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“looking to Jesus, the founder and perfecter of our faith, who for the joy that was set before him endured the cross...” (Hebrews 12:2, ESV).

For the past year or so, the Lord has been stirring my heart around the idea of joy. Where is your joy? We’re supposed to enjoy life, right? If I, as a Christian, am always angry, always stressed, always filled with anxiety about life, never happy… well, what kind of life is that? Why would anyone who sees that (especially my kids) want to follow Jesus? “Follow Jesus, and you can be a hot mess, too!” God has been bringing my thoughts back to joy time and again, showing me in his Word that joy is fundamental to the Christian life.

A couple of weeks ago, I started reading The Other Half of Church by Jim Wilder and Michel Hendricks. In it, they talk about how God created our brains to function. To my surprise, they had a chapter devoted to the topic of—you guessed it—joy. Wilder, who has a PhD in clinical psychology, talks about how God created our brains to run on joy the way a car engine runs on gas. When the gas tank is empty, the engine stops running. When our joy runs out, our brains stop developing, especially into the image of Christ. Joy is fundamental to the Christian life.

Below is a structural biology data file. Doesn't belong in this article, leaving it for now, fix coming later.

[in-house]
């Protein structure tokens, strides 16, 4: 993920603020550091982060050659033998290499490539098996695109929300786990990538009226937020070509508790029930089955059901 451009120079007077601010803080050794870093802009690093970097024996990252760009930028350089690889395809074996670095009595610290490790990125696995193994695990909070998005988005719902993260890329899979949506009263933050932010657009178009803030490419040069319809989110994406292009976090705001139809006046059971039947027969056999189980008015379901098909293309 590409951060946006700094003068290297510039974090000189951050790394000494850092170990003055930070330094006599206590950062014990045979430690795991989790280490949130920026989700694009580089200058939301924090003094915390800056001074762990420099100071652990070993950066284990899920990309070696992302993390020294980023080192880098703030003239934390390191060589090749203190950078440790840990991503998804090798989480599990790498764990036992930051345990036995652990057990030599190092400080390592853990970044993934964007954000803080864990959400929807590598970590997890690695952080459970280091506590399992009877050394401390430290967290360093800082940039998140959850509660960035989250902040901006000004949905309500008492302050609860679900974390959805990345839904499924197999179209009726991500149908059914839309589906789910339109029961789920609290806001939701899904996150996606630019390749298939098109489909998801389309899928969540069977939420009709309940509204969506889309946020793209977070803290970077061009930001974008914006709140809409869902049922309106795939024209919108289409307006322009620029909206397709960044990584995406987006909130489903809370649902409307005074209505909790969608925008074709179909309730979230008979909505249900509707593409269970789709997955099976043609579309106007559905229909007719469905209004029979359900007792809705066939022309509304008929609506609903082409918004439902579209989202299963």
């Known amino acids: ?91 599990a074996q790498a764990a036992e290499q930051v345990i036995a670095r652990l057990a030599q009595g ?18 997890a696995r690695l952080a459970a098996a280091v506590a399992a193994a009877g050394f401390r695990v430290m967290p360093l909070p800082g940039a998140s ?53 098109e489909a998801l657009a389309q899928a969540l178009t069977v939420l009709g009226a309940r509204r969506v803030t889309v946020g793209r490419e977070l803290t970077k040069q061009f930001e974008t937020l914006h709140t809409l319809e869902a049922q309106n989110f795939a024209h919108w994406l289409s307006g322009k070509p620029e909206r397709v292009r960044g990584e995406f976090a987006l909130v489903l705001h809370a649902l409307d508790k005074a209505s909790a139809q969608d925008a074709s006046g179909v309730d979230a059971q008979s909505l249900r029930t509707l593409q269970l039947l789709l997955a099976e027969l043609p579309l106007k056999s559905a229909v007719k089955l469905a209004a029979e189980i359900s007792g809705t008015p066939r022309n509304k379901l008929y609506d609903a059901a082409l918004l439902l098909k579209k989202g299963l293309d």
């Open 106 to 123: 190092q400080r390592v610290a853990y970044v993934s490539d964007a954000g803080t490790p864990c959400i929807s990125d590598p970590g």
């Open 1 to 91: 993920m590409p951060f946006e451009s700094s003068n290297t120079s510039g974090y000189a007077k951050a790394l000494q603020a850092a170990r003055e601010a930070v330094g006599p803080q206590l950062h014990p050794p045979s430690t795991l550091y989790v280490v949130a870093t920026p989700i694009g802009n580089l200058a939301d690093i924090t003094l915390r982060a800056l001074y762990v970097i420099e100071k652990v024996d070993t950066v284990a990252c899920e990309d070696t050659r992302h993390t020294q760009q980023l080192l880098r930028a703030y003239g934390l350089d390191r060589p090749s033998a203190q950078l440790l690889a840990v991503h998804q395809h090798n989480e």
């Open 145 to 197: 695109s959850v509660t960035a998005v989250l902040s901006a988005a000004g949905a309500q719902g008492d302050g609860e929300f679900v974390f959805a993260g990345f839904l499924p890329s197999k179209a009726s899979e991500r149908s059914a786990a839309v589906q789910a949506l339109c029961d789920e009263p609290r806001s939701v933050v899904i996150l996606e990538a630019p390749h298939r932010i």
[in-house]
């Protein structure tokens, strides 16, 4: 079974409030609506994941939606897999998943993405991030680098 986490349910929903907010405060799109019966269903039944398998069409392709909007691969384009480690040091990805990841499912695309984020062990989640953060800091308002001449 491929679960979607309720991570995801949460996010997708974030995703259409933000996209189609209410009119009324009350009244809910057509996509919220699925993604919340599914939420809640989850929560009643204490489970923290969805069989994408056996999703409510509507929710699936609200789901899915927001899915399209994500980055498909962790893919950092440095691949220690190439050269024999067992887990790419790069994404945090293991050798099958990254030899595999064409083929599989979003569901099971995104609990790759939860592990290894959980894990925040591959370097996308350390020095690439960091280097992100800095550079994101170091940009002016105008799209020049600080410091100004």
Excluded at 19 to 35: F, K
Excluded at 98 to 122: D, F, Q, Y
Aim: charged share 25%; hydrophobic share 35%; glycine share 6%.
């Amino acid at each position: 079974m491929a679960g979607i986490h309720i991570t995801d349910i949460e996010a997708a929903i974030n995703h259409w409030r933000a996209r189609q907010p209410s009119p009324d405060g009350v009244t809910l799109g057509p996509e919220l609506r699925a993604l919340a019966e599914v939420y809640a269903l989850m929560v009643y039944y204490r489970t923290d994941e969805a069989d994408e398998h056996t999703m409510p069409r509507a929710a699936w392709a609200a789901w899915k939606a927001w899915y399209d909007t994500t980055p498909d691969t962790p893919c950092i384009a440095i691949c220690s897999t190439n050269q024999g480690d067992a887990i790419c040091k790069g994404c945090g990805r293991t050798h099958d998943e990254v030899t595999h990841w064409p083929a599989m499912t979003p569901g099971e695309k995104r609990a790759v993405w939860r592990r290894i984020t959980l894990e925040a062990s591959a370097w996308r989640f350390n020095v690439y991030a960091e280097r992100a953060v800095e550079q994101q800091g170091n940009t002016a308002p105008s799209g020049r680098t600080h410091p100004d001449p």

Now, most people hear that we’re supposed to live joy-filled lives and assume that means more hobbies, more fun, less hours in the office. All work and no play makes Jack a dull boy, right? Not exactly. Getting the work-rest rhythm out of balance does dampen joy. But one thing we’ve seen in American society is that more hobbies and more entertainment don’t necessarily equate to increased joy. Never before in human history have people enjoyed so much on-demand entertainment and access to any hobby imaginable. And never before in human history has there been such widespread boredom, depression, and anxiety.

Wilder and Hendricks point out that joy is mediated through the face. When God turns his face toward us and makes his face to shine on us, we experience joy in his presence. When we turn our faces toward each other with smiles on our lips and love in our eyes, our joy tanks are refilled. We don’t need more entertainment, and we may not need more hobbies. We need face to face relationships with God and others. So, let’s put our devices down, turn our screens off, and make space in our lives for just that!